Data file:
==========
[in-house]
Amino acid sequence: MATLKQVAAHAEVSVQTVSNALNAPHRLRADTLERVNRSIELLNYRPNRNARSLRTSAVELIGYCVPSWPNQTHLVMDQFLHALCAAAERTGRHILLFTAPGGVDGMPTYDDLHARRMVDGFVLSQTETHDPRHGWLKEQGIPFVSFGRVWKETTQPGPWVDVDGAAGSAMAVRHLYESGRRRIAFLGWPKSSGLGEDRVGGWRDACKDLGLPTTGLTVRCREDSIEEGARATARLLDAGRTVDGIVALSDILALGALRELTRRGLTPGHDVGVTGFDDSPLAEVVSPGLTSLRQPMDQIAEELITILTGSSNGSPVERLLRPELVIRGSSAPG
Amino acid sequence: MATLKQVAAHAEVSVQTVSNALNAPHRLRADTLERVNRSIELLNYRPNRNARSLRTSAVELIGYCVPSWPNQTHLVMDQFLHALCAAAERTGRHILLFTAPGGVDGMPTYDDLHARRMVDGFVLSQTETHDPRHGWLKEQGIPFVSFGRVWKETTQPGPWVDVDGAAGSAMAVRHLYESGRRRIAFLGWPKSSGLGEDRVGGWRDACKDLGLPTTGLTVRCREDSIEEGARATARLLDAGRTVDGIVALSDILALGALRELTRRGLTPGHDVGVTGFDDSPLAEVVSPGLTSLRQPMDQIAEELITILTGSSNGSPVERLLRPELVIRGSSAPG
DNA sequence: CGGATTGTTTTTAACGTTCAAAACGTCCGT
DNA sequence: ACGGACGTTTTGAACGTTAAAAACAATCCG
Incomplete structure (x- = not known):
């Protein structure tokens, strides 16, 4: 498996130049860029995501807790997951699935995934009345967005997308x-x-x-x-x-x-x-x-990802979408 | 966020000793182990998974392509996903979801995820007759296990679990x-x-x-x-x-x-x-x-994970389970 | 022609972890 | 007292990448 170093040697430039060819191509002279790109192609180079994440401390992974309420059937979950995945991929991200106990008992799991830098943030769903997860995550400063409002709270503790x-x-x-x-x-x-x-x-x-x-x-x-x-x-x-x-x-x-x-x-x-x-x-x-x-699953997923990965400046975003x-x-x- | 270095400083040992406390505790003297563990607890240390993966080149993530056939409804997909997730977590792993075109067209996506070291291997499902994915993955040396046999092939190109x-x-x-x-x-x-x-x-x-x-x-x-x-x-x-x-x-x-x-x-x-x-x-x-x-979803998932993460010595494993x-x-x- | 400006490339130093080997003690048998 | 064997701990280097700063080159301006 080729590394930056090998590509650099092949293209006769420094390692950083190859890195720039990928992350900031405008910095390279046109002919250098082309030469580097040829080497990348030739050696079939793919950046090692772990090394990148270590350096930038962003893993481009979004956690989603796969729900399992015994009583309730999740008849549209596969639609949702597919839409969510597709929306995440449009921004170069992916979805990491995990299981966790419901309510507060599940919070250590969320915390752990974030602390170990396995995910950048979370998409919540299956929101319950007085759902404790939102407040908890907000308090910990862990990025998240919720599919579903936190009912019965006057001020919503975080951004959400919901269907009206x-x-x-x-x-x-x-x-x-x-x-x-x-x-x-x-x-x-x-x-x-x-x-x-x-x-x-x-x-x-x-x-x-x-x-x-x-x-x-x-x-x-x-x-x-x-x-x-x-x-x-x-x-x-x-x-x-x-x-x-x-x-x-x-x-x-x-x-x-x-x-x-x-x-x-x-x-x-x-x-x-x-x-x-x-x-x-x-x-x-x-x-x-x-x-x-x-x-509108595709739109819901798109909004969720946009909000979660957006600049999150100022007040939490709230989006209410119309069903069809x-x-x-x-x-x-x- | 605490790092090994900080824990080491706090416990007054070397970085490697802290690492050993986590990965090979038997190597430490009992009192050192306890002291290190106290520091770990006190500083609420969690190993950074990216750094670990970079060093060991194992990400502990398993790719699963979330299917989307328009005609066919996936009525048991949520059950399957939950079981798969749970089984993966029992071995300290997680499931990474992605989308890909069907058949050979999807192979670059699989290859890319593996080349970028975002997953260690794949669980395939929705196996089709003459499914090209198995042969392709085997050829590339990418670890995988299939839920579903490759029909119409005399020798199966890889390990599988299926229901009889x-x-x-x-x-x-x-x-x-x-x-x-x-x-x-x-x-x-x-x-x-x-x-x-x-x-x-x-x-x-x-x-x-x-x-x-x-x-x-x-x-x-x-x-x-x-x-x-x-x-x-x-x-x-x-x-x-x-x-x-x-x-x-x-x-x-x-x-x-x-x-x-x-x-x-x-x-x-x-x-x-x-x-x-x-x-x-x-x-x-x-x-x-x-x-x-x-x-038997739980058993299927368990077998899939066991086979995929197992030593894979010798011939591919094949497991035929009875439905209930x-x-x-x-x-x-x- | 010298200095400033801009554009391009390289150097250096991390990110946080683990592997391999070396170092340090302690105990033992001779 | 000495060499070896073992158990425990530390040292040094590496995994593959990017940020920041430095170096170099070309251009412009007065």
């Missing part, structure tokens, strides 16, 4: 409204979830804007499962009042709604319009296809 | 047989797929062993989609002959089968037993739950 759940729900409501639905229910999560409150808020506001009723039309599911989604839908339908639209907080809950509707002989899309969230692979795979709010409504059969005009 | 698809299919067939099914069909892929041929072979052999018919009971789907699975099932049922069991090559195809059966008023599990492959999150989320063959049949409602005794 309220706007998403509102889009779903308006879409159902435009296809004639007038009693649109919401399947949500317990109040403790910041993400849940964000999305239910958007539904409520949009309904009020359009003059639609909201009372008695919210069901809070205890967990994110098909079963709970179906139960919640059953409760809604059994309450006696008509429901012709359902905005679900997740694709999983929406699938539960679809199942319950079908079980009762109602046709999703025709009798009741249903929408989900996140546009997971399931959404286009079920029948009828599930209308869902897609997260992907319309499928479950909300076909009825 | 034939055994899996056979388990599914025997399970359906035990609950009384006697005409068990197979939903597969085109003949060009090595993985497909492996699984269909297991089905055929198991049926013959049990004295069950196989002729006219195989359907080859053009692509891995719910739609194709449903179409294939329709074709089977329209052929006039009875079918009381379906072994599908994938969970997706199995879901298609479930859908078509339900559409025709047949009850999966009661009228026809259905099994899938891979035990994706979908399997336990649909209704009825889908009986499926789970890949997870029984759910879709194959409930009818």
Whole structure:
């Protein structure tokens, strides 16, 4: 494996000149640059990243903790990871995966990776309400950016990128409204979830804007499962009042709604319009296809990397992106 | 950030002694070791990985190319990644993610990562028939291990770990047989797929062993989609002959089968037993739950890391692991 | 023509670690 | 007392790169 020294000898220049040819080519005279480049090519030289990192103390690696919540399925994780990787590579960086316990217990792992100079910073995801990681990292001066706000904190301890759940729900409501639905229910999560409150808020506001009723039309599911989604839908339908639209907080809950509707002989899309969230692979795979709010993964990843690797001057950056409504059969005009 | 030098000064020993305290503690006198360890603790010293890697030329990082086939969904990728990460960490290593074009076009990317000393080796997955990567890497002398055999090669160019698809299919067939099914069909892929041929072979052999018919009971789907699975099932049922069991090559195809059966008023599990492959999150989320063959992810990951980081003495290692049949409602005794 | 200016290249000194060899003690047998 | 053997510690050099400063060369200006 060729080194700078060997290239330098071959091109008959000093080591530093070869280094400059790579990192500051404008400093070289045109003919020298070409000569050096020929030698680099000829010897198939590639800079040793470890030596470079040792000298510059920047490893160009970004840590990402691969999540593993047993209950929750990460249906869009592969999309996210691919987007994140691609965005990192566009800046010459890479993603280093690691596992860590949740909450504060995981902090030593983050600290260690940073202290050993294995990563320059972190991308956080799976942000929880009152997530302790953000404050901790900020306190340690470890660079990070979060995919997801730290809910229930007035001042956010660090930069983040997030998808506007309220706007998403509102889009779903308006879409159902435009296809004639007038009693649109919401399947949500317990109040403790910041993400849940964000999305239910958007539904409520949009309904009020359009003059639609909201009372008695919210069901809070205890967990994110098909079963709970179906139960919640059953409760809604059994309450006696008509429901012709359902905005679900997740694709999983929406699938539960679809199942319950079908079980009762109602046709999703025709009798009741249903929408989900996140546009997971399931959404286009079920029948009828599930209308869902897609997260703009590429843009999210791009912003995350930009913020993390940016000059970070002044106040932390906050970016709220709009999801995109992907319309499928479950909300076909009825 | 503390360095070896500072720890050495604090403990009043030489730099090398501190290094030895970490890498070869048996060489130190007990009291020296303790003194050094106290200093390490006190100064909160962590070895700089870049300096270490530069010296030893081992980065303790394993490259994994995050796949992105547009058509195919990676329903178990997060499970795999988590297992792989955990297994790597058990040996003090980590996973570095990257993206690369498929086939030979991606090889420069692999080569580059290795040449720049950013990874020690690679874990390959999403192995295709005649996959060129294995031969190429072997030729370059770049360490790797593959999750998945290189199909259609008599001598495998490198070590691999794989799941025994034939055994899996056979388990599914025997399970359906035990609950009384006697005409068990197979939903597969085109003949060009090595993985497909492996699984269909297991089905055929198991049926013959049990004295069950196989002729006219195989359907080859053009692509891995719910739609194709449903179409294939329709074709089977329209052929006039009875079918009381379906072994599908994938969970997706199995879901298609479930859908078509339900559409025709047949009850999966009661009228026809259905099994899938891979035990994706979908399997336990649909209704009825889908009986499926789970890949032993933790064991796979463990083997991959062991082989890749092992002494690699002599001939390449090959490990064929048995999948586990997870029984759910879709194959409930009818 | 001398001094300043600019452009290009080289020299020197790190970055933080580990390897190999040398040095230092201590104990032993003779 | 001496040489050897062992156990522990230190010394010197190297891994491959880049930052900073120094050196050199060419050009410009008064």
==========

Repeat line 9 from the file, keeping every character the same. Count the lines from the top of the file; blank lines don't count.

Whole structure: